Significant shifts in market share are possible in the keenly competitive petrol retailing sector in Australia as customers adjust to brand changes affecting household names such as Caltex and service station operators reassess their links with suppliers.
That’s the forecast from oil pricing specialist OPIS by IHS Markit, which is also expecting a particularly tough two years ahead for Australia’s remaining refiners as they grapple with a likely extended slump brought about by the COVID-19 pandemic in margins which senior adviser Nic Moulis described as “close to horrendous” so far this year.
The downturn comes as major player Caltex has changed its name to Ampol and will rebrand all its thousands of petrol stations under that name over the next three years. The relatively new owner of the Woolworths network, UK-based EG Group, is also taking its first steps to rebrand under its Euro Garages, or EG name. Meanwhile Chevron has acquired Puma’s Australian network and may use the Caltex name there.
“Any change of branding in the marketplace gives the consumer the ability to look up for a moment and maybe re-decide what they are looking for as far as value and perception of brand in our market,” Mr Moulis said on a webinar on Thursday, describing the Ampol rebrand as “challenging”.
“I think there is going to be a real shake-up of the market not only from a consumer perspective but also from a retailer’s perspective, because a lot of operators of service stations that may be coming to the end of their agreements with some of the major oil companies will look hard at what’s on offer with some of these brands that are changing and that could lead to some shifts in market share.”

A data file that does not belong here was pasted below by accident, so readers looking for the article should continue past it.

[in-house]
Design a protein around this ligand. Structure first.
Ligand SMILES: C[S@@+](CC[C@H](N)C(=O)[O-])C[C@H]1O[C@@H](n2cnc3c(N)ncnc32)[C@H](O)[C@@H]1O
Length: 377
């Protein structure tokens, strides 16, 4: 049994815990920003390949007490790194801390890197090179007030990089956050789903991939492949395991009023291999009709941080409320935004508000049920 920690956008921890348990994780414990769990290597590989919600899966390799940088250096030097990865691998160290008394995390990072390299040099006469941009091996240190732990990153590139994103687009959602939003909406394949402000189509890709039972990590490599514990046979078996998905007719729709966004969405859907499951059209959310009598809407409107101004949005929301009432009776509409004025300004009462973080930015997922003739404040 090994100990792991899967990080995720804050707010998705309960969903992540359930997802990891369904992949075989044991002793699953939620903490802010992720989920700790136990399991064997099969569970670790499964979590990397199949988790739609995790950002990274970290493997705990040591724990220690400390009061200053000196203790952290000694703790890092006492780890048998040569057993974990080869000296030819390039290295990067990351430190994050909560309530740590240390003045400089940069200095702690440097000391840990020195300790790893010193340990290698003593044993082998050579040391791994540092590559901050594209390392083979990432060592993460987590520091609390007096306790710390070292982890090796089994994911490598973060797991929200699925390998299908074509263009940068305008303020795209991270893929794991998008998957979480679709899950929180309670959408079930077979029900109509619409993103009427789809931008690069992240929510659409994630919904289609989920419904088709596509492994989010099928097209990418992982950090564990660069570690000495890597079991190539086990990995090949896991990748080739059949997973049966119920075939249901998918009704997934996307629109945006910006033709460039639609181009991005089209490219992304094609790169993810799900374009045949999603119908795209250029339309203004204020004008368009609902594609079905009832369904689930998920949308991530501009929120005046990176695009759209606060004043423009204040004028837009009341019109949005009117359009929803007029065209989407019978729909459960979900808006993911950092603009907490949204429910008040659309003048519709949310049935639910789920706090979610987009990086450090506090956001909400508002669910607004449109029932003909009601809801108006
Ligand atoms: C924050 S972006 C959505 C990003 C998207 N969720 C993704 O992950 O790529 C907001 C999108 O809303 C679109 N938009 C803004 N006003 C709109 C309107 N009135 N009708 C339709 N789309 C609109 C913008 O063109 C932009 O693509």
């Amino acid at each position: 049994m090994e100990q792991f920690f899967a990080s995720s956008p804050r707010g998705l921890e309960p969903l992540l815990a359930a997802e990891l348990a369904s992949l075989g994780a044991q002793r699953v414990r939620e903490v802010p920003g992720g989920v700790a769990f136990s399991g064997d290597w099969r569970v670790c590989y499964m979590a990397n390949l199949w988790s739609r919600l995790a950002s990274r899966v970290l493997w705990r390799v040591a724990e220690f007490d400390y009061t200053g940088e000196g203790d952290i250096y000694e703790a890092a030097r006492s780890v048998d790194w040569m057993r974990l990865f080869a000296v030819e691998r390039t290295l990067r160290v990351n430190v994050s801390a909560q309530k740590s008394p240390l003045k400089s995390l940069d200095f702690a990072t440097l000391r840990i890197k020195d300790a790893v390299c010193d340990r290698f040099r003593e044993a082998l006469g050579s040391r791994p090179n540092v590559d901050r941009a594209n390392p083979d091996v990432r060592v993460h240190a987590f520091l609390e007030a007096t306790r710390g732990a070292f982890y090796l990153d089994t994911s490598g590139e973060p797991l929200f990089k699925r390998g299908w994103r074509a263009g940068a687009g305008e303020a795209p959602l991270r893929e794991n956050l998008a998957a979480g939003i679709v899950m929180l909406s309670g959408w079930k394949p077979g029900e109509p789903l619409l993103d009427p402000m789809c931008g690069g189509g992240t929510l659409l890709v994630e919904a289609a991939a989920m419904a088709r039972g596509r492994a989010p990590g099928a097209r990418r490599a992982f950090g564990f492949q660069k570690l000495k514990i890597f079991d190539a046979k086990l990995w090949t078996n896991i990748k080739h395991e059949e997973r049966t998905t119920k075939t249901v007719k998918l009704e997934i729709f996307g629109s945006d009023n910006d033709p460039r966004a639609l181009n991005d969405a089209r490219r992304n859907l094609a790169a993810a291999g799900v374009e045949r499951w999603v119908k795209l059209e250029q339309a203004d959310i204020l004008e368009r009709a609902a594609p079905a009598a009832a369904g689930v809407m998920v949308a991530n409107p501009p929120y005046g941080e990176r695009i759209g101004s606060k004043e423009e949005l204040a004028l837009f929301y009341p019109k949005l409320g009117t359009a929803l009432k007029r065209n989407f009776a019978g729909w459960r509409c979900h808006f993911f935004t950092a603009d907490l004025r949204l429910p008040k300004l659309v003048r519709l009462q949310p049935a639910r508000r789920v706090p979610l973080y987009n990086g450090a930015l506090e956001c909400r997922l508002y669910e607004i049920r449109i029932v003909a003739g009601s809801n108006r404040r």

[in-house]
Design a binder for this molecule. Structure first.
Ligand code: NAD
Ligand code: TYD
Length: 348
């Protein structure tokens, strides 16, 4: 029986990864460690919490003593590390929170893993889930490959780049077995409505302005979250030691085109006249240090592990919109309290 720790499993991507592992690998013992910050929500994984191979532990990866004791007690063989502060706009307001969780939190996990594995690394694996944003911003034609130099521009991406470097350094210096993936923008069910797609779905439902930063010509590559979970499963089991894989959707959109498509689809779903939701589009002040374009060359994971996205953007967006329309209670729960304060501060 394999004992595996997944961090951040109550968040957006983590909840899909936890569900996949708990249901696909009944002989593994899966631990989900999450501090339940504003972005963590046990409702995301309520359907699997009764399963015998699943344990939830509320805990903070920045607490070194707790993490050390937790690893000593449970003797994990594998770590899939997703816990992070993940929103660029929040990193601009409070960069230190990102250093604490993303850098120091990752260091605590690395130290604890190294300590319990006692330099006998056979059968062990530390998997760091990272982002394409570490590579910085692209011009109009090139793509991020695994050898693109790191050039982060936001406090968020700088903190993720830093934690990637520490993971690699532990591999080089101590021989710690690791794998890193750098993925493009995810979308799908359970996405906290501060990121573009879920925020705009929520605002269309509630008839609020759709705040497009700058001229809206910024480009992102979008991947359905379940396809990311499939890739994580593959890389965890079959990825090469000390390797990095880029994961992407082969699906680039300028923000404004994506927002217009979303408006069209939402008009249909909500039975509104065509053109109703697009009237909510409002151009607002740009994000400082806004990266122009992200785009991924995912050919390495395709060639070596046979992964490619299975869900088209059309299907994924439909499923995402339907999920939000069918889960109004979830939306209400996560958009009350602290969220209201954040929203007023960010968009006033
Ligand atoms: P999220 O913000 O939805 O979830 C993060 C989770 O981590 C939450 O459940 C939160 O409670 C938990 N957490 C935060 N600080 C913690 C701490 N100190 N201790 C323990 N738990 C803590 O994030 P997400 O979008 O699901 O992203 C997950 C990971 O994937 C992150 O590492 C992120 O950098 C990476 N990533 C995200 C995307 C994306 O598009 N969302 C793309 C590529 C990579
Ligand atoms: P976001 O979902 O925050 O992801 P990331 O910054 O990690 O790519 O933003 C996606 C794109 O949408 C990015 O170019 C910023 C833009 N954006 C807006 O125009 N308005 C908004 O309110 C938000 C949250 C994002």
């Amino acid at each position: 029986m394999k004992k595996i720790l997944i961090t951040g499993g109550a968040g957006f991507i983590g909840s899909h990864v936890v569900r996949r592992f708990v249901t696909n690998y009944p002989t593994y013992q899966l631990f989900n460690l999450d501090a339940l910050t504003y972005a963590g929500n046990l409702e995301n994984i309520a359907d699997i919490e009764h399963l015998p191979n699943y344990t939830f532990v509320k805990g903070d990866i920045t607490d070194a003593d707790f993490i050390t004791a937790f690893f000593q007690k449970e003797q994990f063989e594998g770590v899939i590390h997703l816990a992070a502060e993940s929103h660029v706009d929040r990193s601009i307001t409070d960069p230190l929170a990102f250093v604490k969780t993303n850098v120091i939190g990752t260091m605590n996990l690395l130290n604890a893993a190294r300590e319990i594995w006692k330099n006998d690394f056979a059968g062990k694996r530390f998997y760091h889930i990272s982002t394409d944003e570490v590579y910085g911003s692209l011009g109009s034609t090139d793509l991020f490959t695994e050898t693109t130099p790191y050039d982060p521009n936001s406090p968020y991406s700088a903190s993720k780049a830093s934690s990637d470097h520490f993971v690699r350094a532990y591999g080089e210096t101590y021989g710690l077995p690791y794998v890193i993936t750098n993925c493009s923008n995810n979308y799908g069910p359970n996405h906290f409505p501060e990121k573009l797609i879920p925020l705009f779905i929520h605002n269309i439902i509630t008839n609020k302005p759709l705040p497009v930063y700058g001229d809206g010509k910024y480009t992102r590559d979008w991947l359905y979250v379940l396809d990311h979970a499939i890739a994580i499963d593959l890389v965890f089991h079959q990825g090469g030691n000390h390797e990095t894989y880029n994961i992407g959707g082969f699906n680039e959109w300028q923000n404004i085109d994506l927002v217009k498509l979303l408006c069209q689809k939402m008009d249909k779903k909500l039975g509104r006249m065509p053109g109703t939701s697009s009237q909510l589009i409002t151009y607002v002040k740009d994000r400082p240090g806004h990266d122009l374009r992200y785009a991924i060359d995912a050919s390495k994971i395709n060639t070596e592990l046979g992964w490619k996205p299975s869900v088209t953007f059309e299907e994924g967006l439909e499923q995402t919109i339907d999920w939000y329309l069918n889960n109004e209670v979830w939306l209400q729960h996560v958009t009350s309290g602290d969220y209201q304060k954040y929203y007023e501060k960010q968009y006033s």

Ampol acting chief executive Matt Halliday said last month the company expected to benefit from the wave of “buy Australian” sentiment that has been fuelled by the pandemic, and noted that the new brand name had scored well with the public. All other major petrol retailing brands are multinational or foreign owned.
The upheaval in the service station landscape is happening as demand for transport fuels has been hammered by the travel restrictions imposed by federal and state governments. Refiners have put the drop in jetfuel demand at 80 per cent or more, while petrol consumption fell by up to 50 per cent during the tightest restrictions in March-April, and diesel demand dropped by up to 30 per cent.
Goldman Sachs energy analyst Baden Moore is remaining cautious on the outlook for the recovery in fuel demand and is assuming an average 30 per cent drop in transport fuel volumes for Viva and Ampol this June quarter compared to the same period last year. It is not expecting petrol and diesel sales volumes to recover to “normalised” levels until the first half of 2021. The recovery for aviation fuel will be slower, taking until next year to see much of a revival, impacting Viva more than Ampol because Viva is more exposed to the aviation sector, Mr Moore said in a report.
Refiner margins, which were already soft last year, further weakened, causing some refineries to run at a loss and driving a rethink of maintenance plans, which were also hit by physical distancing requirements demanded by COVID-19. Goldman Sachs estimates that Viva’s Geelong refinery ran a $45 million cash loss during the first four months of the year, while Ampol’s equivalent figure for its Lytton refinery in Brisbane was a negative $40 million cash burn, although it is forecasting refining margins will continue to improve into the second half.
Ampol has shuttered its Lytton refinery in Brisbane for extended maintenance, while Viva Energy has shut two units at its Geelong refinery and is reassessing maintenance work due to be carried out at the plant later this year. Production has also been pared back and the production mix adjusted at the country’s two other refineries, BP’s Kwinana plant in Western Australia and ExxonMobil’s Altona site.
IHS Markit research director Premasish Das said Australian refineries had been “vulnerable” for some time and pointed to challenges for the plants over the next few years as refiner margins are expected to remain under pressure. But he said the pricing in the Australian market was relatively supportive for refiners, while the view of government on whether it wants to keep the industry running would also come into play.
“Refiners in Australia are finding the market hard to play in, hard to be part of,” Mr Moulis added.
Extracted from AFR